Rachel's hair was just about to her waist. It was luxurious. It was beautiful. It was so fun to braid and put into buns and things...when she would let me touch it. But it wasn't often that she would let me touch it. Even putting in a simple ponytail would cause fits and tears. We had a fight about hair practically every morning last school year (unless I let her "do it herself" and sent her to school with a tangled mass of hair "held back" by a poorly placed barrette).

"If we cut your hair short we wouldn't have to worry about this," I told her a countless number of times, but ultimately it was Andrew who convinced her to take the plunge. I'm not even sure how he did it but once he did and Rachel had chosen her length (which was right around her shoulders) I suggested we just measure off 10 inches and chop off her pony tail to send to Locks of Love.

She was super enthusiastic about the idea, so that's what we did.

No sooner had I chopped off her ponytail than she had jumped up to look in the mirror.

"I LOVE IT!" she squealed.

It took a little convincing to get her to sit back down so I could straighten it out and give it a we-did-this-on-purpose look rather than a we-accidentally-hacked-off-her-ponytail look.


It's still long enough to fit into a ponytail, Rachel is excited to try two little piggy tails, but most of all she's thrilled that brushing her hair isn't the chore it once was. She's also excited to send her ponytail off in the mail.

I miss her long hair already, but I also like it short.

Friday, June 28 (Grandpa's Birthday)

Andrew's already noted that my Florida posts are becoming more and more picture-heavy. That's because life is still happening and I'm still behind in posting about Florida, but this is the last day that we spent enjoying the condo, so soon Florida will be behind us. And Rachel goes back to school on Monday so maybe then I'll have more time to blog (haha).

We woke up in the morning and had a lovely breakfast that Grandma and Grandpa got up and cooked before heading to the pool to spend the day. Grandpa had to leave for the airport at 3:00 so we had a good chunk of time at the pool.

Here's Rachel belly-flopping into the pool.

Sunday, July 07, 2013

Thursday, June 27 (Disney World, Day 2)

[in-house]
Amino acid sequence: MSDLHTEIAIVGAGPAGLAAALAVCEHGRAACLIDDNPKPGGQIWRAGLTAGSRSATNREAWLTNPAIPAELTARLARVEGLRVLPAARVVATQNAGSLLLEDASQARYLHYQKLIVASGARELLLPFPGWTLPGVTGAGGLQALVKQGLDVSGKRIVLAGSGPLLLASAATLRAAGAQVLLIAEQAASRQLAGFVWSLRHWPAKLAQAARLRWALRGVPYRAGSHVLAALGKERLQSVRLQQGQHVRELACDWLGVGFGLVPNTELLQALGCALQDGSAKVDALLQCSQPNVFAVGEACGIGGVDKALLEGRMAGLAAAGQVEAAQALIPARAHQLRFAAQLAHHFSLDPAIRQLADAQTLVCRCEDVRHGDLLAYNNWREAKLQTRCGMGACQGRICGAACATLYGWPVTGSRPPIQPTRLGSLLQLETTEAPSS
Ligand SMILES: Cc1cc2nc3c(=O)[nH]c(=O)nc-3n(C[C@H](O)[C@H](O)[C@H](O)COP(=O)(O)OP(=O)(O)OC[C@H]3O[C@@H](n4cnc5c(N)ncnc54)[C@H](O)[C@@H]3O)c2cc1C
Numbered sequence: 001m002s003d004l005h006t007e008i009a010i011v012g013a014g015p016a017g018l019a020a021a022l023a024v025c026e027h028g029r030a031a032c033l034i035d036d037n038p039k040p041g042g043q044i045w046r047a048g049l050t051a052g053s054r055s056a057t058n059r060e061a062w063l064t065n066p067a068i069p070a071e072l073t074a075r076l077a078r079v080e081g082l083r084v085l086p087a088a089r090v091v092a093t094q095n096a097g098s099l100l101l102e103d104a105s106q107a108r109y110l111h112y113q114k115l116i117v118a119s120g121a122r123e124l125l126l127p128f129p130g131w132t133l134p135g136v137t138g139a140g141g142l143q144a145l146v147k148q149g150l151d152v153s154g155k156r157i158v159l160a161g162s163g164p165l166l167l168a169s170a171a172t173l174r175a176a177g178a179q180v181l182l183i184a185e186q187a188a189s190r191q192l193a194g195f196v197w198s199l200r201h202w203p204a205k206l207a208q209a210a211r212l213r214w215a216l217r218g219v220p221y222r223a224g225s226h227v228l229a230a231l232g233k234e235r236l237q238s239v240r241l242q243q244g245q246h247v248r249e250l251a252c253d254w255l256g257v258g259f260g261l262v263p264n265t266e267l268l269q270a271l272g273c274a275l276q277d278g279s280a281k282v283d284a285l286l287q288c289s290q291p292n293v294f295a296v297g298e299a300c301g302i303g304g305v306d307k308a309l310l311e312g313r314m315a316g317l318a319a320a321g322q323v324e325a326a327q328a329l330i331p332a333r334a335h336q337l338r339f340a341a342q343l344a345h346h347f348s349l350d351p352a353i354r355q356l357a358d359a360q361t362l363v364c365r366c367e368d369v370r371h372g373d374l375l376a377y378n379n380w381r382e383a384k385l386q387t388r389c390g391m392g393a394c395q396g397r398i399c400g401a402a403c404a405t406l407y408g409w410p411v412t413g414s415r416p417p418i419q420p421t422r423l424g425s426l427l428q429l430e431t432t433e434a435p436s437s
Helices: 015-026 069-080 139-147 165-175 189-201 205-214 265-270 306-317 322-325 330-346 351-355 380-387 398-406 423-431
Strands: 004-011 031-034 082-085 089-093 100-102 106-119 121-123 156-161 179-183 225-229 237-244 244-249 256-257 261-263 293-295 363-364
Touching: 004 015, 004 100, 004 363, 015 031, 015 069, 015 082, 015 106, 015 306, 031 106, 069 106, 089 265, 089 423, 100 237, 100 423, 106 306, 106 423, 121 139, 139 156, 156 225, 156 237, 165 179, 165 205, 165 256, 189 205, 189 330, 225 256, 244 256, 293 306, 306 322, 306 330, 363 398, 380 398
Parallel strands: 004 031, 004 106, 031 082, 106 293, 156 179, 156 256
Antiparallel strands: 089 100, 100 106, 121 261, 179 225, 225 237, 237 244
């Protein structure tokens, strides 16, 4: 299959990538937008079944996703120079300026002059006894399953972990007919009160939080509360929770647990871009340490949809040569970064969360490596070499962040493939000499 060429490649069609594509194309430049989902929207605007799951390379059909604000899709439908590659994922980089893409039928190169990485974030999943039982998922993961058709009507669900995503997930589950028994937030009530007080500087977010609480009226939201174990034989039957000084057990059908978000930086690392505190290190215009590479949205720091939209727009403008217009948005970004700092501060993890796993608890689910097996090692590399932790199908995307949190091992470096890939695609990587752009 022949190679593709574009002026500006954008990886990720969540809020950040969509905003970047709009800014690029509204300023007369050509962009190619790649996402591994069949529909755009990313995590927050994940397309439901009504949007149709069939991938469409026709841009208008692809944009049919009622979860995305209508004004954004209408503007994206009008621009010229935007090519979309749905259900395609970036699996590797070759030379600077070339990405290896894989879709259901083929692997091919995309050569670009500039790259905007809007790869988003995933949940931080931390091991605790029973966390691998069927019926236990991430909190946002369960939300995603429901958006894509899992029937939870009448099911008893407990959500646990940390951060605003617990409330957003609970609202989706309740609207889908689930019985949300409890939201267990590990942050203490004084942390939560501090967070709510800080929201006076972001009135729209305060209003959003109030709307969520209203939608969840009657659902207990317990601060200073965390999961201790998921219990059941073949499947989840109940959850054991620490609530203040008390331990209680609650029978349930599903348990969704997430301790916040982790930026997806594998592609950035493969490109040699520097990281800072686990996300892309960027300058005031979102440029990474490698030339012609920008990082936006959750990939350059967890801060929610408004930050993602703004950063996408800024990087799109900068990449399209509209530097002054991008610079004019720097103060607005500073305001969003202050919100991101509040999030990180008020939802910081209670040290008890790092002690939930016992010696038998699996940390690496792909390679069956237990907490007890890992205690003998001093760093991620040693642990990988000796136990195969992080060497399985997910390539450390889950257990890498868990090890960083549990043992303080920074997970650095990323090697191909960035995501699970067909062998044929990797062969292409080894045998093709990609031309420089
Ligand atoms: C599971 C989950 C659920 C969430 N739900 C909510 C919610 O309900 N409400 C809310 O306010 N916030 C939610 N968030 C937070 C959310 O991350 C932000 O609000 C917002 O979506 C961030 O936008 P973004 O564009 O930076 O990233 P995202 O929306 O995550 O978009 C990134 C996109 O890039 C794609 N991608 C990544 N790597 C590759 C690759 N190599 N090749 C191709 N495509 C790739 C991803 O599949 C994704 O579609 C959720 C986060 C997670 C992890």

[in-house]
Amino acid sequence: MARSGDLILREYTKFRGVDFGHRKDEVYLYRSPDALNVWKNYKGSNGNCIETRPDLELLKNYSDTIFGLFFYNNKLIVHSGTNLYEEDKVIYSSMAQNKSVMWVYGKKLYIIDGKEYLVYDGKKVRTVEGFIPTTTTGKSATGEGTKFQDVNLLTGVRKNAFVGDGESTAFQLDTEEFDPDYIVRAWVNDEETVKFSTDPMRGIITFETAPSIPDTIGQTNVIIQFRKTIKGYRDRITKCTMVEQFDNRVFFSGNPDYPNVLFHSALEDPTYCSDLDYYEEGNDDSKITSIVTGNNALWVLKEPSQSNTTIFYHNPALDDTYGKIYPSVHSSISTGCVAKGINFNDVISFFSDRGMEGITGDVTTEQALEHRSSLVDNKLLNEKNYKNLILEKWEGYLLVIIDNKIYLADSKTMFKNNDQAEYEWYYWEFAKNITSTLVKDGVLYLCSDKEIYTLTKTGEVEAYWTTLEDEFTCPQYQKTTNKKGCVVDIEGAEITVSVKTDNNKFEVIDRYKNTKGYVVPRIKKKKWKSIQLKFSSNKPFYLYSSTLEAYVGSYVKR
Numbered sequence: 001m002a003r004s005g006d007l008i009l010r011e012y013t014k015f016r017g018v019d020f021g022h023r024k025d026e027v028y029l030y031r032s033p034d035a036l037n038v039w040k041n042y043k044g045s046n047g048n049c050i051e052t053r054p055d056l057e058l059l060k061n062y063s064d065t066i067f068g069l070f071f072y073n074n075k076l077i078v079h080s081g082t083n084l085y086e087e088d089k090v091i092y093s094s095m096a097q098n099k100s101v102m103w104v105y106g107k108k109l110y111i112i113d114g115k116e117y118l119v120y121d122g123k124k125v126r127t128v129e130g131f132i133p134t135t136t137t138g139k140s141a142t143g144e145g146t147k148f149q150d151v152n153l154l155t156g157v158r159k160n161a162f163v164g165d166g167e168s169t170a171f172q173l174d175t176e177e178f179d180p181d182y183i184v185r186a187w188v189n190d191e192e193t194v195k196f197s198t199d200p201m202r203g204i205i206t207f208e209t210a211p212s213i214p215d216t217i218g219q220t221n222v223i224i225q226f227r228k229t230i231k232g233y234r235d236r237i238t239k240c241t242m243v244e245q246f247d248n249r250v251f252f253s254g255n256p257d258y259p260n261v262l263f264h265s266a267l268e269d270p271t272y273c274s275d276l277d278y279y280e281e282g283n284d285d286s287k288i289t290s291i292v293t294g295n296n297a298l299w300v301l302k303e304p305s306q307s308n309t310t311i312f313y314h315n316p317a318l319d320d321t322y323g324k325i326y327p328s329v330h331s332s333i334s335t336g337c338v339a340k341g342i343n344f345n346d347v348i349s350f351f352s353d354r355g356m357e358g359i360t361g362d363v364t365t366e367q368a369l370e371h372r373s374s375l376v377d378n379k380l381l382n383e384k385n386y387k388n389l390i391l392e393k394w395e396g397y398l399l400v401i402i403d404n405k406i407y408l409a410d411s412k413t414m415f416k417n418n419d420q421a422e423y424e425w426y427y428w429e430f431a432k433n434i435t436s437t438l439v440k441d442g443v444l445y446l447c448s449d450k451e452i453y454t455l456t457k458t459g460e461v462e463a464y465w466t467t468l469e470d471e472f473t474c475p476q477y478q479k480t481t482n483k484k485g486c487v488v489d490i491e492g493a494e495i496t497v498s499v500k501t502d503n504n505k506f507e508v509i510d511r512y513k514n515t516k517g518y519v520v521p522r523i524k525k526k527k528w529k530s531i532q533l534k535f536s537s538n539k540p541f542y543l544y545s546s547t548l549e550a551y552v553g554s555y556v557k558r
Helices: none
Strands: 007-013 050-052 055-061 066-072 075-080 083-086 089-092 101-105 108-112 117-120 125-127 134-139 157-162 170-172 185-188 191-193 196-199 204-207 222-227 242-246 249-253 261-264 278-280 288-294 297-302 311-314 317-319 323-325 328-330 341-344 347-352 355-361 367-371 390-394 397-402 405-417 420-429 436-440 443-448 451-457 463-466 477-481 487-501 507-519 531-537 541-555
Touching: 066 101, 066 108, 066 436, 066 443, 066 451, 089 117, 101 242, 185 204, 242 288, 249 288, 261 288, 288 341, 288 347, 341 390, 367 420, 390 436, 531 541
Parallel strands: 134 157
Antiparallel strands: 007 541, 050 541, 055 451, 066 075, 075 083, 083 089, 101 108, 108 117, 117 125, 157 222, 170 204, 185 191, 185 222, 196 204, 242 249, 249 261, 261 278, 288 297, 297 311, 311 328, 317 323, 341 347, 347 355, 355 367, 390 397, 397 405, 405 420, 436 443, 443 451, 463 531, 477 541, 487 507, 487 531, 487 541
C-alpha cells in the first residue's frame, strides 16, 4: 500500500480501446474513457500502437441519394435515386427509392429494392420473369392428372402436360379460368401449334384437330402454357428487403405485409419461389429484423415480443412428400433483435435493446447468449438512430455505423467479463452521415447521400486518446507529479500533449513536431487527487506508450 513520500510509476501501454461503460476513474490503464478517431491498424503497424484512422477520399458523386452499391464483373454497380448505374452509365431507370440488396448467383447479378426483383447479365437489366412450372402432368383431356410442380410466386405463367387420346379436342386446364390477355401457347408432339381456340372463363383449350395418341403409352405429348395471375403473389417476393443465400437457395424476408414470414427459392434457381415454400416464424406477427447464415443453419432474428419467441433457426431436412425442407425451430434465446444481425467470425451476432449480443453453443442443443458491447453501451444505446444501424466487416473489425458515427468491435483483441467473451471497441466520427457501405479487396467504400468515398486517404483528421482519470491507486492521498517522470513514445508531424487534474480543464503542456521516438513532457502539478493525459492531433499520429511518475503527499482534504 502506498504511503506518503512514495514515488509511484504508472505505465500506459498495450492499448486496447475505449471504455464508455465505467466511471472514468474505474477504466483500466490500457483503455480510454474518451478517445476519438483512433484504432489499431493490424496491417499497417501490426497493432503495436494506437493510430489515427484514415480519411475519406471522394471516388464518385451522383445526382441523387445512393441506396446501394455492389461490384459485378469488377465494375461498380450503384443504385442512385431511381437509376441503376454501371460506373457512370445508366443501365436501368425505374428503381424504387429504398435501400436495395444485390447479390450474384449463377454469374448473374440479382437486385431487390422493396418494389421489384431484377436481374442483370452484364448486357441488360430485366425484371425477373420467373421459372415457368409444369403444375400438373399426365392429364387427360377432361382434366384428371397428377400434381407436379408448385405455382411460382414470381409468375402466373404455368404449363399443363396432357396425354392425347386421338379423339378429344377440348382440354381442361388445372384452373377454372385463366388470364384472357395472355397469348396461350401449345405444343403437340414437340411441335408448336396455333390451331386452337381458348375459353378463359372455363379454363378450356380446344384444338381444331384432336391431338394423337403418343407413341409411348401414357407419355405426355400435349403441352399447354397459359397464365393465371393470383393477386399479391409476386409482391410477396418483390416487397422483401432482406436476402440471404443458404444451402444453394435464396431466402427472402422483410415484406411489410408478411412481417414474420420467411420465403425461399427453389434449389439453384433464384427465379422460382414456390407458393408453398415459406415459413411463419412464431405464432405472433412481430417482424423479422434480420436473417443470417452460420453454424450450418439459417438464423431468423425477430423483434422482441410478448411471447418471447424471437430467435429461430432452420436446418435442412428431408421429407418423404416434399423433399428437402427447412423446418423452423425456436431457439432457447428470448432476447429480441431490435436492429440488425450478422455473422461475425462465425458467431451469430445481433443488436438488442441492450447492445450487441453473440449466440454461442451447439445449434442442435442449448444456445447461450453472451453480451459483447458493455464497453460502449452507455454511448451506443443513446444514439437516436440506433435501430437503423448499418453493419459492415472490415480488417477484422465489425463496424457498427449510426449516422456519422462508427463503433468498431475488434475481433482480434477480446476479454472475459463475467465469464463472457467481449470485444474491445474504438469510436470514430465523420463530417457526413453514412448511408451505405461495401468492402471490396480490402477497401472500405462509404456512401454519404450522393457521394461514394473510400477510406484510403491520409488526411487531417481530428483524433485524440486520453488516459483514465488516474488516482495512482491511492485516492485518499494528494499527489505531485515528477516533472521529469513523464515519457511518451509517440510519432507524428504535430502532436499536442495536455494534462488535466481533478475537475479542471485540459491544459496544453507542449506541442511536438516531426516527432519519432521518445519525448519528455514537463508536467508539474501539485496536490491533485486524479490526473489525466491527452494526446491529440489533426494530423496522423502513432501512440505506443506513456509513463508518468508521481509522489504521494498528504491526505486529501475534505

Benjamin apparently has a habit of showing up to Disney World completely wiped out. On this fine morning we rode the Disney Railroad to Fantasyland Station, where we disembarked to enjoy some time at Casey Jr.'s splash pad (while Benjamin continued his nap).

Wednesday, July 03, 2013

Wednesday, June 26 (Disney World, day 1)

Before entering any of the parks we took security pictures of the kids so that we'd know exactly what they were wearing if they happened to get lost. Here's Rachel's security picture of the day:


She's standing in front of a tree draped in Spanish moss so that we could show it to Bumpa Bruce.


We were directed to park out in the boonies, in keeping with our tradition of parking as far away from the entrance as possible. Fortunately, Disney's goal is simply to make every body happy so they provided trams to shuttle patrons to and from the ticket booths. That was a great perk! It didn't matter if we parked near or far; everyone took the same shuttle to the parking lot. Sitting on a shuttle for an extra stop or two isn't nearly as difficult as hiking two miles to your car after you're bone-weary from walking around all day. It was also nice to not have to walk all the way there first thing in the morning!

Tickets are linked to your fingerprints now—at both parks. I thought that was a little...over zealous. I mean, I suppose that one could buy a two (or more) day pass at either park and then go for a day (or more) before swapping cards with a friend, but seriously, who does that? That's like worrying about voter fraud. I mean, I'm sure it happens...but not often. Either way, both Disney World and Universal Studios have a a copy of my finger prints. And for some reason weren't concerned what kids we were taking through because we didn't have to link the kids' cards to their prints. Whatever. 

After getting tickets you have to board either the ferry or the monorail to take you to the gates of Disney World itself. It's like a mile and a half away from the ticket booths or something, like a magical island. 

We took the ferry. Andrew was pretty sure if was a "fairy" ferry. It wasn't.

While we were in line for the ferry I discovered that Benjamin was poopy. Not only was he poopy but he was poopy-poopy. I changed his diaper and clothes, laying him down on the ferry deck to do it. He'd continue to poop like that throughout the day and ended up coming home in poopy clothes because I hadn't packed enough changes to deal with all the poopiness.

Here is a picture of me and Rachel on Main Street when we first arrived (Benjamin is nurse-napping under there):


Rachel caught her hair in her fan first thing in the morning the previous two days; it was very inconvenient and probably painful. She still didn't want me to do anything extravagant with her hair so I badgered her until she let me put it up in a bun. She topped it off with a hat.